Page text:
Join Early Retirement Today
Reply
 
Thread Tools Search this Thread Display Modes
Timing retirement
Old 08-05-2016, 09:15 AM   #1
Recycles dryer sheets
ducky911's Avatar
 
Join Date: May 2010
Posts: 381
Timing retirement

Firecalc has that example of three different people retiring '71,'72'73. Always gave me a scare with one guy running out of money.

I retired July '11 with the S&P around 1200. Lucky me!

Bob
__________________

__________________
You've got to ask yourself one question: Do I feel lucky? Well, do ya, punk?
I hate (despise) loads and fees
Retired July '11 investments 60/40 in very low cost index and mutual funds, balance once a year at best.
ducky911 is offline   Reply With Quote
Join the #1 Early Retirement and Financial Independence Forum Today - It's Totally Free!

Are you planning to be financially independent as early as possible so you can live life on your own terms? Discuss successful investing strategies, asset allocation models, tax strategies and other related topics in our online forum community. Our members range from young folks just starting their journey to financial independence, military retirees and even multimillionaires. No matter where you fit in you'll find that Early-Retirement.org is a great community to join. Best of all it's totally FREE!

You are currently viewing our boards as a guest so you have limited access to our community. Please take the time to register and you will gain a lot of great new features including; the ability to participate in discussions, network with our members, see fewer ads, upload photographs, create a retirement blog, send private messages and so much, much more!

Old 08-05-2016, 03:22 PM   #2
Thinks s/he gets paid by the post
 
Join Date: Jun 2014
Posts: 1,212
I think it is less of a worry if you have pensions and SS. If not it would be a big worry.
__________________

__________________
Teacher Terry is online now   Reply With Quote
Old 08-05-2016, 05:27 PM   #3
Thinks s/he gets paid by the post
Sunset's Avatar
 
Join Date: Jul 2014
Location: Chicago
Posts: 4,048
Anyone retiring in 2015 or 2016 and "just" making it in terms of savings, when the market was at the high point is in danger of that happening if things go south very soon for a few years. Especially if they don't have a pension and are too young for SS.

That is why it's valuable to have a cushion built into your savings or your spending plans.

Yes lucky you, as the S&P has risen about 82% (~ 16.5% per yr) since you retired, but someone retiring 1 year ago has seen it rise only 4%
__________________
Sunset is offline   Reply With Quote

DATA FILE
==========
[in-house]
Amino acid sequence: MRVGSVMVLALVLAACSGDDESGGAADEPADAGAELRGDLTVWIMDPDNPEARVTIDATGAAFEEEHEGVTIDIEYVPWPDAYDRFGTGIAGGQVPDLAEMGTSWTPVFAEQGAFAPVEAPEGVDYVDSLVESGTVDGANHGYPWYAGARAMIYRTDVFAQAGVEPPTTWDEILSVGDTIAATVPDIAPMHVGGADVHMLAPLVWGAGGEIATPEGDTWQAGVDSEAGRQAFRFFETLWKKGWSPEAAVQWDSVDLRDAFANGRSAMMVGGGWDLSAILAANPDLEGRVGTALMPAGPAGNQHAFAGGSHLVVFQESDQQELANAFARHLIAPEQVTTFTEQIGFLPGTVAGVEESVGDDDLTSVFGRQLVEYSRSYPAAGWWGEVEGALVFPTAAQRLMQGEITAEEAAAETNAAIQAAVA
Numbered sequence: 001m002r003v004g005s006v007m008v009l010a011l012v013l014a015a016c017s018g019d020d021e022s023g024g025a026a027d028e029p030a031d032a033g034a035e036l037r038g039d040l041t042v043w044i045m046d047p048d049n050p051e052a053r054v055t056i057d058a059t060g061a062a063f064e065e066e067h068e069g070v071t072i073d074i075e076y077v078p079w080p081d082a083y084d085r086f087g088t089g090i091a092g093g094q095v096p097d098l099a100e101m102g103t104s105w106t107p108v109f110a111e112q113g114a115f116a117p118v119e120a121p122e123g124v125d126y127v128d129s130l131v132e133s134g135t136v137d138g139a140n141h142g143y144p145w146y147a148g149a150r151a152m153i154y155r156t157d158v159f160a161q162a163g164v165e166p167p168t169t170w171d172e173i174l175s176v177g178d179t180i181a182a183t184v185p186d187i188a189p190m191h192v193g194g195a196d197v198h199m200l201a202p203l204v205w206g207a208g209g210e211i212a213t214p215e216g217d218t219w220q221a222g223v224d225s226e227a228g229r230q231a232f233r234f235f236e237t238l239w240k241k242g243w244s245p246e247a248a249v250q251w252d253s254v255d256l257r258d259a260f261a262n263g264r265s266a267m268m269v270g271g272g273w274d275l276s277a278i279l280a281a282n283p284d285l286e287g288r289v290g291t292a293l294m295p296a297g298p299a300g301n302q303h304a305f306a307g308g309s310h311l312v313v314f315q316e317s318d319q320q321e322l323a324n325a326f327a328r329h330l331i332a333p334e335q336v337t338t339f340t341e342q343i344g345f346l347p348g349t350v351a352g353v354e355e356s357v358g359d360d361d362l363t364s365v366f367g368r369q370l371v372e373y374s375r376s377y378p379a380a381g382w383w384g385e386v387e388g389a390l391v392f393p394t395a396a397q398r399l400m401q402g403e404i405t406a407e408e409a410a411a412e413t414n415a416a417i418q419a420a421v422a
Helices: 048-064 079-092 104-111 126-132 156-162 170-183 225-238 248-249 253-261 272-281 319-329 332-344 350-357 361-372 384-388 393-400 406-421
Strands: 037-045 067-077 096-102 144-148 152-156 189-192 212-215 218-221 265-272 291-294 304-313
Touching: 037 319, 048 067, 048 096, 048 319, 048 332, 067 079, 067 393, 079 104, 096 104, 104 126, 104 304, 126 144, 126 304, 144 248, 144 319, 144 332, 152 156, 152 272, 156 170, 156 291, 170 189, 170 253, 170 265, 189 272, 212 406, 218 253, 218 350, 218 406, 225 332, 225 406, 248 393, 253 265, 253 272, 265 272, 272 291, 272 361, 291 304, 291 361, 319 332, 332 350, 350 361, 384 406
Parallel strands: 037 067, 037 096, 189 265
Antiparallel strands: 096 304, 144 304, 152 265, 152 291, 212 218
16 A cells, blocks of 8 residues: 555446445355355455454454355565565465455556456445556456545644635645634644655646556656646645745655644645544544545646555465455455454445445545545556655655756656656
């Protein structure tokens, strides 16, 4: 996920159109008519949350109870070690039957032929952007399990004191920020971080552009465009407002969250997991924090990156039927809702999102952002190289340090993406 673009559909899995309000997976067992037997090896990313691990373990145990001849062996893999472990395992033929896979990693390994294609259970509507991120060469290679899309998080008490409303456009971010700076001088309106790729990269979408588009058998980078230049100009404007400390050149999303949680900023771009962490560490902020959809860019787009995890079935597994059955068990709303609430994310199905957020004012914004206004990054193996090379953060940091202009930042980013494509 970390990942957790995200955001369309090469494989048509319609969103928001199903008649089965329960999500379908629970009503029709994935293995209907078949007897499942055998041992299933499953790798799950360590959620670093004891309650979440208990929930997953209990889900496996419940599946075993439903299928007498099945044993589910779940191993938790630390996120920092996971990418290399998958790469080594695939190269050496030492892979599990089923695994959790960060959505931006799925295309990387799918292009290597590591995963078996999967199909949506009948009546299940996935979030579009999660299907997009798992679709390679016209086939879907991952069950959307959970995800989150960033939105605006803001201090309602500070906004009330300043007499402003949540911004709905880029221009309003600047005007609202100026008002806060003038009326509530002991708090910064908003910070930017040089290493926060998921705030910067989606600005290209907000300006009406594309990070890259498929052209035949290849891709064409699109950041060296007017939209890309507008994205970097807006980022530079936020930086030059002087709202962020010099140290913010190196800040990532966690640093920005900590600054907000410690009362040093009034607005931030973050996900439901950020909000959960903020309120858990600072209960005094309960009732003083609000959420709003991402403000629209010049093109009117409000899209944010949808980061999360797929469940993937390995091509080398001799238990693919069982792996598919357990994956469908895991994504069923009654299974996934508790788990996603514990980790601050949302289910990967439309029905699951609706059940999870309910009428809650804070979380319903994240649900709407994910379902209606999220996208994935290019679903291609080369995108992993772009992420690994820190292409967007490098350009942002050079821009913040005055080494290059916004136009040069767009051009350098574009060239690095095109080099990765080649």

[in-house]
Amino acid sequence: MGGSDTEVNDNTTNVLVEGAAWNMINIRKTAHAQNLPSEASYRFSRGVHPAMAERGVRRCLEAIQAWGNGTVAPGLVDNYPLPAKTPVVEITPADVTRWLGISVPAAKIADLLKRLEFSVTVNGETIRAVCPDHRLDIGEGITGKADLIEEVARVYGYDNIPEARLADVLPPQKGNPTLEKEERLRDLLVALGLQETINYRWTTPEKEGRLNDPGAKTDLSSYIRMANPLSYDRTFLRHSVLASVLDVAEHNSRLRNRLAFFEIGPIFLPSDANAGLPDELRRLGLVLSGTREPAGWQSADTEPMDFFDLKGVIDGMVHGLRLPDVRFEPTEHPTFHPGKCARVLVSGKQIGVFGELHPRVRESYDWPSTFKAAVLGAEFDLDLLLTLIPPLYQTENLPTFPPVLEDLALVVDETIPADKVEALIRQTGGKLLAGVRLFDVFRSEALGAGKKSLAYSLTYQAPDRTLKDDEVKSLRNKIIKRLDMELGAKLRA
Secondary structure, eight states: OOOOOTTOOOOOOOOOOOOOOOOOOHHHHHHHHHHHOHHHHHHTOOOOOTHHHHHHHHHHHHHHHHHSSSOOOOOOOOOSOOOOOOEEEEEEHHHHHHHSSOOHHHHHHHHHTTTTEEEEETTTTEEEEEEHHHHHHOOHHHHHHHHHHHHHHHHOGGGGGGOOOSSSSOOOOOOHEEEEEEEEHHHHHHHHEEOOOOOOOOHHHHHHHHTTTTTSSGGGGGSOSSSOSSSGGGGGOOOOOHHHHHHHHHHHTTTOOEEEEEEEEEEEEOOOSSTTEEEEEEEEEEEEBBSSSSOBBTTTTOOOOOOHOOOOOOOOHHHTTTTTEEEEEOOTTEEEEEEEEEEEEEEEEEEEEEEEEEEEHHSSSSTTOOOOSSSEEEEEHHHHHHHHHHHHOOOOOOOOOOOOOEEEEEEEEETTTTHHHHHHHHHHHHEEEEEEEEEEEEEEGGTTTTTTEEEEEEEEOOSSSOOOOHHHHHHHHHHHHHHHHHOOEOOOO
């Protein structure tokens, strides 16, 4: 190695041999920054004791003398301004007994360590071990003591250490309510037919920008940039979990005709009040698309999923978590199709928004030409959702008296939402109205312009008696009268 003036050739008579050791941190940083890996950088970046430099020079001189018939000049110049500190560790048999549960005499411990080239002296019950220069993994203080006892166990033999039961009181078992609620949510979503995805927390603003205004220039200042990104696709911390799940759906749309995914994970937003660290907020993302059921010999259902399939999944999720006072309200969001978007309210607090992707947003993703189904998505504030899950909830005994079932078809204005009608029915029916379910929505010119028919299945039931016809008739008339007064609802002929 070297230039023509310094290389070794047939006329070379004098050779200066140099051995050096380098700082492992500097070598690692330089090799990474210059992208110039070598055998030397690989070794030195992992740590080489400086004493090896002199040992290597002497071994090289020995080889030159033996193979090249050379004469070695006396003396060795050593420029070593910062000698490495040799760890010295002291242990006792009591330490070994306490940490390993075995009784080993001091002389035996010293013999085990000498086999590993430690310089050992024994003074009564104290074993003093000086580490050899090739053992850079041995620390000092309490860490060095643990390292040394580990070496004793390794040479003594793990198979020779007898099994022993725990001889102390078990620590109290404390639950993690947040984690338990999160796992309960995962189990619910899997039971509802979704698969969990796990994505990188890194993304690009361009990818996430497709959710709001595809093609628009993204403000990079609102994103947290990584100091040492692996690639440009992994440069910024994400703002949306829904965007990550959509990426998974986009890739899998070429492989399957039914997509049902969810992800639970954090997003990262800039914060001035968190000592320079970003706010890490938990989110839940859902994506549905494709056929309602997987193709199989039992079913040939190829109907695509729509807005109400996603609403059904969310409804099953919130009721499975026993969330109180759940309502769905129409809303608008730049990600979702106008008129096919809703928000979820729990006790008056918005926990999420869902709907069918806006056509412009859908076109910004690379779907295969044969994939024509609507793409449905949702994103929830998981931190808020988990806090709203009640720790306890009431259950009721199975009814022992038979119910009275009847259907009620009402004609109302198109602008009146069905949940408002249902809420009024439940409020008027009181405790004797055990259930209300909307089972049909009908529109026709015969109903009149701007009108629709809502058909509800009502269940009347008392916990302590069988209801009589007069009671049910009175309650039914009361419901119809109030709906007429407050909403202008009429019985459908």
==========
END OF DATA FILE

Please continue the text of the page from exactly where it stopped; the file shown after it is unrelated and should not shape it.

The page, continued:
Old 08-05-2016, 06:02 PM   #4
Recycles dryer sheets
Taxman59's Avatar
 
Join Date: Sep 2014
Posts: 473
Quote:
Originally Posted by Sunset View Post
Yes lucky you, as the S&P has risen about 82% (~ 16.5% per yr) since you retired, but someone retiring 1 year ago has seen it rise only 4%
The S&P may only be up 4%, but I am up about 10% after withdrawals!



Have the day you deserve, and let Karma sort it out.

Sent from my iPad using Early Retirement Forum
__________________
Taxman59 is offline   Reply With Quote
Old 08-05-2016, 06:28 PM   #5
Full time employment: Posting here.
Aerides's Avatar
 
Join Date: Nov 2015
Posts: 576
Our plan always involved having ~3 years expenses in addition to whatever we plugged into firecalc. I plan to keep that approach rebalancing to maintain 3 years "safe" to allow us to weather out reasonable future storms, at least for the near future. But yes, I'm glad we OMY'd and didn't RE in summer 2015 or that would have been too much worry to start with.
__________________
Aerides is offline   Reply With Quote
Old 08-05-2016, 09:01 PM   #6
Recycles dryer sheets
 
Join Date: Jul 2013
Posts: 280
Quote:
Originally Posted by ducky911 View Post
Firecalc has that example of three different people retiring '71,'72'73. Always gave me a scare with one guy running out of money.
Sitting at the fancy sidewalk café, I overheard three young gentlemen, perhaps each around 40 years old. They were toasting to their success, having worked their IPO to a point where they were tired of working for the man.

Person A: “I checked my brokerage account this morning, and it turns out that I have right at 2.2 million. I figure that I need $100,000 each year to maintain my lifestyle.” (Does the math on his smartphone, 4.7% withdrawal rate) “That’s it! I am going to retire!”

Person B: Checks his brokerage account- 2.7 million. Does the math- 3.7%. “I agree! $100K is about what I figured I need also, I am also going to retire!”

Person C: Checks his brokerage account- 3.7 million. Does the math- 2.7%. “I agree! $100K is about what I figured I need also, I am also going to retire!”

What might their balances look like in 25 years? (Hint: look at the results chart on the FireCalc page)

The way the problem is presented on the FireCalc homepage suggests that the only variable is which year the people retired. The market dropped 19% from 1973 to 1974, and another 25% from 1974 to 1975. In my case study above, Person B would have 2.2 million one year later, and Person C would have 2.2 million 3 years later. The majority of the reason that Person A fails, is because they were right on the edge of being financially viable, and sequence of returns got them. Person B had just enough, and made it successfully. Person C had conservative numbers, and thrived. These numbers are roughly the numbers presented on the FireCalc home page, adjusted by CPI, then divided by 2.1. I added one year of expenses to Person B's portfolio, and 2 years to person C. This way they could all retire at the same time.